On Mon, 07 Jun 1993 14:08:01 EDT, Keith Moore said:
Seems like all of the existing the audio/image/video content-types already
have compression built-in. So I'm only talking about "generic" compression,
and probably only on top of text/* or application/* types.
Hmm.. Can somebody verify that image/gif, image/jpeg, audio/whatever,
and video/whatever all already have either compression defined and
specified inside the datastream, or type-specific parameters?
However, I *do* agree with the general sentiment that structured
objects will probably have their own type-specific compression.
This leaves us with 3 basic categories to worry about:
text/* - the problem here is that "good compression" may be
language-specific - the glyphs used in US English most probably
will compress well using a different algorithm than something
written using the 16-bit 10646 Chinese code points (in particular,
the letter set 'etaionshrdlu' averages about 70% of all the characters
used, I'm positive that 12 Chinese glyphs don't make up 70% of the
average Chinese text).
application/octet-stream - Since you have *no* idea what the octet
stream is, your best bet is probably to either punt on compression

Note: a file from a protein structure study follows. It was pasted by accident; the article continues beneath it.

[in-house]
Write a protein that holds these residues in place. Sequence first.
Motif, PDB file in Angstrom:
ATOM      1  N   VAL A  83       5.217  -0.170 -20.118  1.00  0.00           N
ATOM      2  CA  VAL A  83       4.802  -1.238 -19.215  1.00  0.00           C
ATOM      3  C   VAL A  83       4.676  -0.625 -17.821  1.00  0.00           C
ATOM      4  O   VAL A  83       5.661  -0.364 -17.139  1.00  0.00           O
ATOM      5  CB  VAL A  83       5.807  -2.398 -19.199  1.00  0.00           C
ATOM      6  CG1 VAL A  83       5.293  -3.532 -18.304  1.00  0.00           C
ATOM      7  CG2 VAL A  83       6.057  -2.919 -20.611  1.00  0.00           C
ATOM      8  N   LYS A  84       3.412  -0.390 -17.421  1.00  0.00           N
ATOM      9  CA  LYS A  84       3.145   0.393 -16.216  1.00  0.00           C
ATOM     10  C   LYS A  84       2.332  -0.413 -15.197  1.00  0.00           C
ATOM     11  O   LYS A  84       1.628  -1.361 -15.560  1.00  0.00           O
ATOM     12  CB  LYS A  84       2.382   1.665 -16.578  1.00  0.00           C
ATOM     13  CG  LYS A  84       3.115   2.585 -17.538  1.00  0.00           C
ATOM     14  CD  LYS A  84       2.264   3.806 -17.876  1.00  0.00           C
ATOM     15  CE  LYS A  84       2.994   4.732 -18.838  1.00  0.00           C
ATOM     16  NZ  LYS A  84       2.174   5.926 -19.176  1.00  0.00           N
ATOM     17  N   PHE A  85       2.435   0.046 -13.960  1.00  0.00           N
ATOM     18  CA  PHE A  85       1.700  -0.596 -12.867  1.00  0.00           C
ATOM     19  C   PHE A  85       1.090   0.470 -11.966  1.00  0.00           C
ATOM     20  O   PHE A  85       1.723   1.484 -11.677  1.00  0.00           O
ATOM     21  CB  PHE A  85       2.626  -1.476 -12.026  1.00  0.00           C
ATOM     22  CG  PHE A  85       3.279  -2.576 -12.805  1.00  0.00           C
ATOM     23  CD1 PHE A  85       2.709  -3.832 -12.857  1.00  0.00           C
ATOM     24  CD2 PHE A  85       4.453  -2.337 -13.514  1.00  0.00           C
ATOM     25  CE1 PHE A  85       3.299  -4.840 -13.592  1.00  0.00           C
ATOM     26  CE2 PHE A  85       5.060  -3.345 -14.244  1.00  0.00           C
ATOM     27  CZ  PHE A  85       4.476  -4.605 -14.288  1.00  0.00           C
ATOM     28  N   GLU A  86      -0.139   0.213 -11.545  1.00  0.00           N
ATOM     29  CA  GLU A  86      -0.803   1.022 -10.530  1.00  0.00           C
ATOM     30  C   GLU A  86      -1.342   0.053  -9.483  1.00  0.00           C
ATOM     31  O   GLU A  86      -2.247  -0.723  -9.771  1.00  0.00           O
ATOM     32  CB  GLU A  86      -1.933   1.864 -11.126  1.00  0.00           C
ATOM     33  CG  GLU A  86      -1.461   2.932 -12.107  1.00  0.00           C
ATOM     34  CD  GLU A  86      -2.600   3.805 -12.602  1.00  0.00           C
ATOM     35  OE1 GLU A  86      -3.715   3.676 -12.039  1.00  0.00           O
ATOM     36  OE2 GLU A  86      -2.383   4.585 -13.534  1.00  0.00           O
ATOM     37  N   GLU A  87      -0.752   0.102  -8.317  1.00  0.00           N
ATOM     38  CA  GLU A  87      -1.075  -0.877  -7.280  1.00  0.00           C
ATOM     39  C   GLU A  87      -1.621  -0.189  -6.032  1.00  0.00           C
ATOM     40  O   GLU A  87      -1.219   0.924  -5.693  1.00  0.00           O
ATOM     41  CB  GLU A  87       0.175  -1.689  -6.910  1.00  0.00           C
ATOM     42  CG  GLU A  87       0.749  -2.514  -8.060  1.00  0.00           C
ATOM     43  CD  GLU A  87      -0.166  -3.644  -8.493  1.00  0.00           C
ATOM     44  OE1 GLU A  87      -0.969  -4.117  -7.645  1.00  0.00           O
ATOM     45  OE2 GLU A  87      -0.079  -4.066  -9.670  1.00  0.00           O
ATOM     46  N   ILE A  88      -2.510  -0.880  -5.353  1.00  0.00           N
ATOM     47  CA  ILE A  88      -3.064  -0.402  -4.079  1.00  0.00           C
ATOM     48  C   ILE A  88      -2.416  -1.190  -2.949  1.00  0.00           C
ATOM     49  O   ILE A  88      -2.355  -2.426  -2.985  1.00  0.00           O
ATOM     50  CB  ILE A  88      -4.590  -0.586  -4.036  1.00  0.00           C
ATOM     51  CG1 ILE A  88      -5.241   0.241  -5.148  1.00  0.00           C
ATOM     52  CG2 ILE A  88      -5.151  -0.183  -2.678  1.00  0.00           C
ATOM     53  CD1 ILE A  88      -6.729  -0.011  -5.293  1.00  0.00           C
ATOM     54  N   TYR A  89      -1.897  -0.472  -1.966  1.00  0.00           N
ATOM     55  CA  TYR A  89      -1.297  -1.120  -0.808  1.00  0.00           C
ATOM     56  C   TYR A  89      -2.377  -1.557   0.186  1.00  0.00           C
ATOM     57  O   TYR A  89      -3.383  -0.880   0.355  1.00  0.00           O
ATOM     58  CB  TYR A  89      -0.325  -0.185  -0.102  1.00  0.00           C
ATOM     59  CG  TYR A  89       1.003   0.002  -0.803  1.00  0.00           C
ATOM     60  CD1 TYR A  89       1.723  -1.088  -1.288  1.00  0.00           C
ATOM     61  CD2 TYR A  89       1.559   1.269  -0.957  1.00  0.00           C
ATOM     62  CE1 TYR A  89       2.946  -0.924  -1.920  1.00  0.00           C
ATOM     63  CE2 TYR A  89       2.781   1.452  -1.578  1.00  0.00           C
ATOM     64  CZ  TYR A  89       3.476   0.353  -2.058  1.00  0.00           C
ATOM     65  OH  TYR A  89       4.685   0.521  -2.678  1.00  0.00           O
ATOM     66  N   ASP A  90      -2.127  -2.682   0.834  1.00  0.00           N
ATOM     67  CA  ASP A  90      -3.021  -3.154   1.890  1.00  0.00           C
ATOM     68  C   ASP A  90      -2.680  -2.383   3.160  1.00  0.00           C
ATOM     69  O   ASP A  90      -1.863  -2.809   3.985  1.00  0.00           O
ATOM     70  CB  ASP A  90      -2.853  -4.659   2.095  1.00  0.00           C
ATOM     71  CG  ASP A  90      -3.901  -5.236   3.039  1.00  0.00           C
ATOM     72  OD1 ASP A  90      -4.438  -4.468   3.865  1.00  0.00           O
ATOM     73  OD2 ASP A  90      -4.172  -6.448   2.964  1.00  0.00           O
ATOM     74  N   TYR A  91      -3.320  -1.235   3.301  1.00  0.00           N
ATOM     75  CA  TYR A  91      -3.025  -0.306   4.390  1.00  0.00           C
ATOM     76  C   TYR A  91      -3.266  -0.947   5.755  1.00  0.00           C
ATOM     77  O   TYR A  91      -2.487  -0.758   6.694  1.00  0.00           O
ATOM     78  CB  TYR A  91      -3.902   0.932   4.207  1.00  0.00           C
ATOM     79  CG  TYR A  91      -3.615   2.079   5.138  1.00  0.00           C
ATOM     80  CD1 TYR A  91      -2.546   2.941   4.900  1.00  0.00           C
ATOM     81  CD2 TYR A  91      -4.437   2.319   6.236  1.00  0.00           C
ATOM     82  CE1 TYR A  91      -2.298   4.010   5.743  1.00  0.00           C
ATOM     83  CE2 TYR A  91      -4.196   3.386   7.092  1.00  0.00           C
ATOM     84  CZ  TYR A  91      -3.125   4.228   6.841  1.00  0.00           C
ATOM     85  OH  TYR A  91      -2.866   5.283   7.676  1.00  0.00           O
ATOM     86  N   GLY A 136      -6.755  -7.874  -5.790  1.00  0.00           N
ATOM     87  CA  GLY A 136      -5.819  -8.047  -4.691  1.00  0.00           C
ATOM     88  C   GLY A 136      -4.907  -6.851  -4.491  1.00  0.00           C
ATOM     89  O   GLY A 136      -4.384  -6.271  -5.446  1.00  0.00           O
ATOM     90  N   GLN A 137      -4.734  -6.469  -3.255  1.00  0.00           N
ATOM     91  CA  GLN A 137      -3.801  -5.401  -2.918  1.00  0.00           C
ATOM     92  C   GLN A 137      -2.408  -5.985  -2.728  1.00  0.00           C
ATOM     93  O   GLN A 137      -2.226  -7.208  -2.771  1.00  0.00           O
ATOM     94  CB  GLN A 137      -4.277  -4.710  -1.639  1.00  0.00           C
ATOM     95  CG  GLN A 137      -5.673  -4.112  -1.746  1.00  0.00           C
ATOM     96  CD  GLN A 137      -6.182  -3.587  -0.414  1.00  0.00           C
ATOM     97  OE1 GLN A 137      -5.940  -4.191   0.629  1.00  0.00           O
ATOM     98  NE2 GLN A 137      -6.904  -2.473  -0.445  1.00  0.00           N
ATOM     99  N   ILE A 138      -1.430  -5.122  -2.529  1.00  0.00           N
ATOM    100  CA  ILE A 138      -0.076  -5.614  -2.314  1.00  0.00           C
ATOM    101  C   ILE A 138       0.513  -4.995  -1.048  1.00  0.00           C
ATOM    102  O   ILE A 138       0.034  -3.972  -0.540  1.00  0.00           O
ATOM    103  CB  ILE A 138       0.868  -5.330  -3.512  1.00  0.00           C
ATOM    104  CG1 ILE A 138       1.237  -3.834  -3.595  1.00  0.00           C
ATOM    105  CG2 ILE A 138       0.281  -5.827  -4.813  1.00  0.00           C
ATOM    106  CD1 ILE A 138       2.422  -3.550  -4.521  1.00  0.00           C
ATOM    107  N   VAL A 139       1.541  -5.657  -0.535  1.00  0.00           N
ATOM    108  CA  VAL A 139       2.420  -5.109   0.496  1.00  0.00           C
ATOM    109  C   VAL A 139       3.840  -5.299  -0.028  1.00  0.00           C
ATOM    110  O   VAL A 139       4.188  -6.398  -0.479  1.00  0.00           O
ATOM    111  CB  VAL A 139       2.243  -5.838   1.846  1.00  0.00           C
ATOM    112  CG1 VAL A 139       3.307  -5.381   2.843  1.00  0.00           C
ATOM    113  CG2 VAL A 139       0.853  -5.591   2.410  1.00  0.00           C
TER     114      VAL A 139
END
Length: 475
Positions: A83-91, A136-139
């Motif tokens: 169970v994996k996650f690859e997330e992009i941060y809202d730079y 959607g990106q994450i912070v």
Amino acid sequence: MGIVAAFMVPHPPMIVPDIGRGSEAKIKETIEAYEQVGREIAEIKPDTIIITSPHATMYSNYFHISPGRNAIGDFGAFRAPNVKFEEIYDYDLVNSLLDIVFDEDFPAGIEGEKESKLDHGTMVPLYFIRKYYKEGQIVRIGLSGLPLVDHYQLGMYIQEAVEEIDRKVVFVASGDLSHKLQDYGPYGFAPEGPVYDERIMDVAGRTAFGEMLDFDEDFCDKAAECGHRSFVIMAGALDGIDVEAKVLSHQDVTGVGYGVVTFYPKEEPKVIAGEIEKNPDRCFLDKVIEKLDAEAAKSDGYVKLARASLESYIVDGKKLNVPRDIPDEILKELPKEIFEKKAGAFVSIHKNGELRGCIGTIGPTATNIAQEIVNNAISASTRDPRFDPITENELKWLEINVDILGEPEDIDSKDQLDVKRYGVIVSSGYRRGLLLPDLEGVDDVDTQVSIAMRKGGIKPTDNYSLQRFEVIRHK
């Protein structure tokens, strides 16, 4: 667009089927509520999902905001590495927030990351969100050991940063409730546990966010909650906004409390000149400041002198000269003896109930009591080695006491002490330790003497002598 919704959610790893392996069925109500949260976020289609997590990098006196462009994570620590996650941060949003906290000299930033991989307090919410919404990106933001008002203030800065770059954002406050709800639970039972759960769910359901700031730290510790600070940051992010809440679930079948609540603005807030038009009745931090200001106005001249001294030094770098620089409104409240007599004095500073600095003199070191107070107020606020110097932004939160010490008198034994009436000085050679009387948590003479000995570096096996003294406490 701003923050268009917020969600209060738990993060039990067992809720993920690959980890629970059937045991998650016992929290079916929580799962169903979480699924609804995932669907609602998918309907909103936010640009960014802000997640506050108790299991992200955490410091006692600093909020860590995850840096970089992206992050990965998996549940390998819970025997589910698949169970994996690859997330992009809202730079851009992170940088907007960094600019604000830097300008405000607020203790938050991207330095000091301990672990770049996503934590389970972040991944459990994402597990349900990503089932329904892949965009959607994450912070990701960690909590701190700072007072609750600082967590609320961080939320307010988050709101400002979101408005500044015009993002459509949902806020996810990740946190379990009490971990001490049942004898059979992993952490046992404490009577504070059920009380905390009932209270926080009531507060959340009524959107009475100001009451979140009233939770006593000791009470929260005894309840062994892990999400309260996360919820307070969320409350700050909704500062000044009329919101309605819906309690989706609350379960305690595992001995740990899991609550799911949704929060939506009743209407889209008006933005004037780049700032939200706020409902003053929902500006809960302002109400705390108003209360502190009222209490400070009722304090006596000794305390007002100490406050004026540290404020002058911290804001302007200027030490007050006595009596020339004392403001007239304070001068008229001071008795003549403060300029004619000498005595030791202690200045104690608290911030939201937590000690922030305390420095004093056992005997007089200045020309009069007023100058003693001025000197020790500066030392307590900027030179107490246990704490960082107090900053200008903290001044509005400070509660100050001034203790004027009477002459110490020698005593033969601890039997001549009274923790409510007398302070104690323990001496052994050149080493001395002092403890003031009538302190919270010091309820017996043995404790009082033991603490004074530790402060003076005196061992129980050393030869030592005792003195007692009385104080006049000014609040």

or use something that assumes all 256 octet values are equally
likely. We cant assume anything about the data stream, as oppsed to:
application/wombat - We will in the future have wombats such as
'spreadsheet', 'hypertext', 'EDI', 'ASN1', and so forth, which are
aggregate objects composed of sub-items in some proprietary wrapping,
where although each sub-item would be compressible if it were exposed
and accessible, inside the data stream it's not accessible per se.
Would we have to define a seperate compressor for each, or wing it with
a generic one? A compression scheme could win big if it "knew" that
the data was "mixed text and audio blocks, seperated thusly"...
(Of course, the OSI bigots among us are probably jumping up and down
yelling "level violation" ;)
Computer Systems Engineer